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Old Money from The Commercial National Bank Of Bellflower | 12754

The Commercial National Bank Of Bellflower

The Commercial National Bank Of Bellflower in California printed $41,880 dollars worth of national currency. In the scheme of things, that is a very tiny output. Notes from this bank should be rare. This national bank opened in 1925 and stopped printing money in 1932, which equals a 8 year printing period. That is obviously a very short period of time. During its life, The Commercial National Bank Of Bellflower issued 2 different types and denominations of national currency. We have examples of the types listed below. Your bank note should look similar. Just the bank name will be different. For the record, The Commercial National Bank Of Bellflower was located in Los Angeles County. It was assigned charter number 12754.

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The Commercial National Bank Of Bellflower in California issued 428 sheets of Type1 1929 $10 national bank notes. That may sound like a very small number, and it is. However, when it comes to small size notes, that print range usually allows for a handful of survivors. Each $10 bill from 1929 has a portrait of Alexander Hamilton on it. The black number written vertically is the charter number. The charter number never affects the value; it is just an identifier. The ten dollar type1 national bank note happens to be the single most common national bank note, with over 65,000 known to exist from all banks. Of course each note is valued based on its condition and rarity. Some are very rare.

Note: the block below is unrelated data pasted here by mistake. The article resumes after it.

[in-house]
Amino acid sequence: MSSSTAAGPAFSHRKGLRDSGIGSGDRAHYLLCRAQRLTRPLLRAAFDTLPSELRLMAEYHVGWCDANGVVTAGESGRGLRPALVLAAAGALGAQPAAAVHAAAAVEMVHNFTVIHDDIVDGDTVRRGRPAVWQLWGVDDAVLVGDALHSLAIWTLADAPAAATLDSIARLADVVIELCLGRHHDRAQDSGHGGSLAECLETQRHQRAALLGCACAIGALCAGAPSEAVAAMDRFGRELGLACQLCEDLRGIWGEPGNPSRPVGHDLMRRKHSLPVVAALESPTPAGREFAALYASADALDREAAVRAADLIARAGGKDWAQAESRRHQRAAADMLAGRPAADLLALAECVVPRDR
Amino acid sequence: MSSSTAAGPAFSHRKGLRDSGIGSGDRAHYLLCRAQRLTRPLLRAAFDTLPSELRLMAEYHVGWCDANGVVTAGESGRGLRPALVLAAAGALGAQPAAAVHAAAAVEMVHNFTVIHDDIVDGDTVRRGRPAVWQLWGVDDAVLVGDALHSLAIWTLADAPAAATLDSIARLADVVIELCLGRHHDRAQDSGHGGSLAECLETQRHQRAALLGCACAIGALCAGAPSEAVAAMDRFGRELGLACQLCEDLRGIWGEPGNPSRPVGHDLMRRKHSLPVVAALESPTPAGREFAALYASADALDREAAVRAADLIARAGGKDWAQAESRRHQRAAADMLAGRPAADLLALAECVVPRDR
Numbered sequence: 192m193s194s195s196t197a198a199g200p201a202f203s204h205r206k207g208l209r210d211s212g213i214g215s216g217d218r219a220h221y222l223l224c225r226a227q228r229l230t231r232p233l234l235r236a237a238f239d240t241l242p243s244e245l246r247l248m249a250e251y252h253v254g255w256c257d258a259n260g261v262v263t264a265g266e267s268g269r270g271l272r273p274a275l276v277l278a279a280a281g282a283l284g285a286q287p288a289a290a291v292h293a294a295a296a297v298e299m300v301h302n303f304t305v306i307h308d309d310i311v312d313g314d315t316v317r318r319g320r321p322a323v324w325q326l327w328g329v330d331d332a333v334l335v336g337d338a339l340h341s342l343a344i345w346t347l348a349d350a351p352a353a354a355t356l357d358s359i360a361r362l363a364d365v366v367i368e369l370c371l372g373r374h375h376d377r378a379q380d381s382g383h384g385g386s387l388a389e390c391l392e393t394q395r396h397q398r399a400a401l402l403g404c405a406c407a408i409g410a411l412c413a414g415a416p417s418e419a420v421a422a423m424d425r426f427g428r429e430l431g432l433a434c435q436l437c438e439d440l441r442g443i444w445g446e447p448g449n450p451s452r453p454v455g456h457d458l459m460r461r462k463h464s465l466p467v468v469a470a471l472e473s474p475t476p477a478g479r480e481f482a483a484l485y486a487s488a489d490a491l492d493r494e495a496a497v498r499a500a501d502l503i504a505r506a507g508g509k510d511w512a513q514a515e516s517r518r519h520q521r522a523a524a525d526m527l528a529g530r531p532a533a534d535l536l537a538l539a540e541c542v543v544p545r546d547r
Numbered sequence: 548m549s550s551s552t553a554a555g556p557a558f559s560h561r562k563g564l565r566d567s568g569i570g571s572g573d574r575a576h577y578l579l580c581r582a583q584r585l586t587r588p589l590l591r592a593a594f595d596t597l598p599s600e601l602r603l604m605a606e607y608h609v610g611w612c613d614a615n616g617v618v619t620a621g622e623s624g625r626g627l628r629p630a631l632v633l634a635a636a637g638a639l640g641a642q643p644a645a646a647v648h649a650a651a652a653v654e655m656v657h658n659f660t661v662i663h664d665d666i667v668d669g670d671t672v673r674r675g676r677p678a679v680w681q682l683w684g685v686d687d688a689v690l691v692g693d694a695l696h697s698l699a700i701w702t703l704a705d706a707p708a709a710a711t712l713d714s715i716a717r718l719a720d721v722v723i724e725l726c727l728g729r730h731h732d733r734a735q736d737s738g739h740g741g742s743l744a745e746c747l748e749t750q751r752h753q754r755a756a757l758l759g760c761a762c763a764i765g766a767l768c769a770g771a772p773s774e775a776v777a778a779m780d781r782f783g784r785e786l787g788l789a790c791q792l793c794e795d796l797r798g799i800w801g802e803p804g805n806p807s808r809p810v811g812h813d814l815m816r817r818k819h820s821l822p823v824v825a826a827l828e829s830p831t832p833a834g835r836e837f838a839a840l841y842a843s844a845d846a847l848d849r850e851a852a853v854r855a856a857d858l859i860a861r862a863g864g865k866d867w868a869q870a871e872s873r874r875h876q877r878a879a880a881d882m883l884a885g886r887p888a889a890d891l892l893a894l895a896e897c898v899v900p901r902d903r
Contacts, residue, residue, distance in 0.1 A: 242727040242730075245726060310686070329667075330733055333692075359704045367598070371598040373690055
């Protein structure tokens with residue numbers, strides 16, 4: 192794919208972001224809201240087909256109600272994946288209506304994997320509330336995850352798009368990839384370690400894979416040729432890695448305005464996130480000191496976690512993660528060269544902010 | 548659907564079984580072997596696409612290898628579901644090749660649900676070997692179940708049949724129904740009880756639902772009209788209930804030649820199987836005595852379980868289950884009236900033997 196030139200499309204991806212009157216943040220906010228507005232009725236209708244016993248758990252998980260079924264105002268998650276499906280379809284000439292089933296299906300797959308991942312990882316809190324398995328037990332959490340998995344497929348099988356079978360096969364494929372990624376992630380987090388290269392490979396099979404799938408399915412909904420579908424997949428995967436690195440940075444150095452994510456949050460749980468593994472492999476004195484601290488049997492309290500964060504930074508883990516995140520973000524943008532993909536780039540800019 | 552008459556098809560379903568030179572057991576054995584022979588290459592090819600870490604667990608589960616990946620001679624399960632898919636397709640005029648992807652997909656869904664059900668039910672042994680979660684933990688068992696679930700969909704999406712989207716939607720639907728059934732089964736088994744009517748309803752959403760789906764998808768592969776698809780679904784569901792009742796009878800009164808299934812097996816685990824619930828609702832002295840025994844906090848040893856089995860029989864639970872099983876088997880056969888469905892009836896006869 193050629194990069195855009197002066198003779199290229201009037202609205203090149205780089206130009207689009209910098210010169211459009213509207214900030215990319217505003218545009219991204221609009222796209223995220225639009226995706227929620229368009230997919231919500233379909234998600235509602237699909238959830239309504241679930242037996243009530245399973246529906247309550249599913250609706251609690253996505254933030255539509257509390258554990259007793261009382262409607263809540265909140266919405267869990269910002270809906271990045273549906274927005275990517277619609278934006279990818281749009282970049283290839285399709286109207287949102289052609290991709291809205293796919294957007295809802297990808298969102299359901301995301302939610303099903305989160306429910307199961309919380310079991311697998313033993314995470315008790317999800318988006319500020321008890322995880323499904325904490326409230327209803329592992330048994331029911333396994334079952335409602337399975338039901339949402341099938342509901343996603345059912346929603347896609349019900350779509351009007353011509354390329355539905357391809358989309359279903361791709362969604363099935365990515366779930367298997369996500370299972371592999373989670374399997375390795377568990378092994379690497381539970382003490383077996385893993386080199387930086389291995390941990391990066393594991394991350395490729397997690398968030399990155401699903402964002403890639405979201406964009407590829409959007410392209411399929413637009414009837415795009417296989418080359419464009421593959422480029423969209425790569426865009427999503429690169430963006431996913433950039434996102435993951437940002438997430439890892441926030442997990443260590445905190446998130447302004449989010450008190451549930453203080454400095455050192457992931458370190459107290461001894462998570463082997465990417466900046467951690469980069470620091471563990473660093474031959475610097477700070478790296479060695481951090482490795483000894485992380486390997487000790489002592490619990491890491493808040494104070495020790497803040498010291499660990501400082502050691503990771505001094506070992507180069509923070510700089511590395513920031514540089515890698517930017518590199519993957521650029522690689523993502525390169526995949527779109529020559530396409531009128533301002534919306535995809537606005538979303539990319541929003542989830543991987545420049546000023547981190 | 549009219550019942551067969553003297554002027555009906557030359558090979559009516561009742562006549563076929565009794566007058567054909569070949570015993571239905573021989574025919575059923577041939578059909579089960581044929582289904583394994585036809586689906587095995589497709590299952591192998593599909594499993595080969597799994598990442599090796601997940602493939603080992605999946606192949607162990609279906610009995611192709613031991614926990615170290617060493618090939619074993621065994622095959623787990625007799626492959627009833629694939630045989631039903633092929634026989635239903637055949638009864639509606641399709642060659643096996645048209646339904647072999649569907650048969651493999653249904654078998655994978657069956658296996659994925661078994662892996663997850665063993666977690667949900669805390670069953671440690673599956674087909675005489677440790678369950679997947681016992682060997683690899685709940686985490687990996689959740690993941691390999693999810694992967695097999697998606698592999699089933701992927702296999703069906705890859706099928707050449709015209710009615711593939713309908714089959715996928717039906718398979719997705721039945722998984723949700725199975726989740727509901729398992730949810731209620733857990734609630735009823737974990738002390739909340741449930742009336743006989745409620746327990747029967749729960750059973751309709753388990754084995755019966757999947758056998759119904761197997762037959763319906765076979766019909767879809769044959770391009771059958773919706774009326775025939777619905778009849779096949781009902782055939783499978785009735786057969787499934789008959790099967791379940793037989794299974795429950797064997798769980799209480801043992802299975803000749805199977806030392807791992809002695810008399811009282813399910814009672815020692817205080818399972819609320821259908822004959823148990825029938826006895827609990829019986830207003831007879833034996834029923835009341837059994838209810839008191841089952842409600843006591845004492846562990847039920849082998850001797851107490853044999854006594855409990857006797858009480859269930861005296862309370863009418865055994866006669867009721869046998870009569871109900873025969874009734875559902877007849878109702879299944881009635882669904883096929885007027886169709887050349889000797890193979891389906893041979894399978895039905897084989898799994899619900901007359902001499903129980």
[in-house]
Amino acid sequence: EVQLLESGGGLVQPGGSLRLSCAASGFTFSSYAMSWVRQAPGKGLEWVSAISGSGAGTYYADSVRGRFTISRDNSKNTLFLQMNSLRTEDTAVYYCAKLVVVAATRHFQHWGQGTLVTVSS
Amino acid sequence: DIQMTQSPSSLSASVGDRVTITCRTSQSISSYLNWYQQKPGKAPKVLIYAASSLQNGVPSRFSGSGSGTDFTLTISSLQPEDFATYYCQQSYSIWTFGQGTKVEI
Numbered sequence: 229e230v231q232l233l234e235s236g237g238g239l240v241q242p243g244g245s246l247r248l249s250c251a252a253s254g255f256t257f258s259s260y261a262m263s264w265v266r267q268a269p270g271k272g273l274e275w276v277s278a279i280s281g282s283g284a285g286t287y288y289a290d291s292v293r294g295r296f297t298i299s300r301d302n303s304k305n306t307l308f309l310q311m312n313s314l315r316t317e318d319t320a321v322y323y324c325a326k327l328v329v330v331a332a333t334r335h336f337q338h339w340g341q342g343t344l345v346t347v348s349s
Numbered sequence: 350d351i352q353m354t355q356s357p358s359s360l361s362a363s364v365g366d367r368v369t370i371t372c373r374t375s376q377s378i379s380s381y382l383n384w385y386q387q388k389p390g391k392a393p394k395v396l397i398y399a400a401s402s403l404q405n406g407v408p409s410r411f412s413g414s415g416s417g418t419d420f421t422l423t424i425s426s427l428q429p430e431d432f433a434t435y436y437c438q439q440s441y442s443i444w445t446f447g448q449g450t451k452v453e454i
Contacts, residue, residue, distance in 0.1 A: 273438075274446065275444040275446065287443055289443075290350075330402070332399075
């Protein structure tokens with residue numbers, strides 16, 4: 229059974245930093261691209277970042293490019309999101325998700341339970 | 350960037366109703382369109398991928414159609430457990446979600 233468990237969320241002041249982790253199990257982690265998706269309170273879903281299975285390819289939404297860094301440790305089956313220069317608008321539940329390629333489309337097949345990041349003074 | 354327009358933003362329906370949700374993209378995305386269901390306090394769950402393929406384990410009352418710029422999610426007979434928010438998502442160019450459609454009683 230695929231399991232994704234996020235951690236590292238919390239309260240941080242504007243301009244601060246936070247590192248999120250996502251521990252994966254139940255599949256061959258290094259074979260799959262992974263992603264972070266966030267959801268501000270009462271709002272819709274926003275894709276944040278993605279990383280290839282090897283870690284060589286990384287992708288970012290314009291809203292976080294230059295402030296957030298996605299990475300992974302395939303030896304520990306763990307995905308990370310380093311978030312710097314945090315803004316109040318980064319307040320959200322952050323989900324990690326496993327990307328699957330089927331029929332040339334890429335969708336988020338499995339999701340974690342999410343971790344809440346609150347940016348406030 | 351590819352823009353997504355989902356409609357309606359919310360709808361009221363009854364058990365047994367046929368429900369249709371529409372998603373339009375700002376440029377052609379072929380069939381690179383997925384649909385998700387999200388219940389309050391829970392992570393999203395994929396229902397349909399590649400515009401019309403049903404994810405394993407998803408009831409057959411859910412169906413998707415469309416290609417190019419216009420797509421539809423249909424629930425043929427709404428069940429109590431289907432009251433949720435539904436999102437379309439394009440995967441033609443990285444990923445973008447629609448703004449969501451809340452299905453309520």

Series of 1929 Type1 $10 National Bank Note

The Commercial National Bank Of Bellflower printed 135 sheets of Type1 1929 $20 national bank notes. That is an extremely small sheet printing number. Survivors are still likely but definitely not guaranteed. Andrew Jackson is featured on the front of each 1929 $20 bill. Be sure to take note of the serial number on your specific bank note. If it is 000001 then you can expect a nice premium. There is a special market for serial number one bank notes. Of course, even if the number isn’t #1, it could still be collectible and have a high value just based on its condition and rarity alone.
Series of 1929 Type1 $20 National Bank Note

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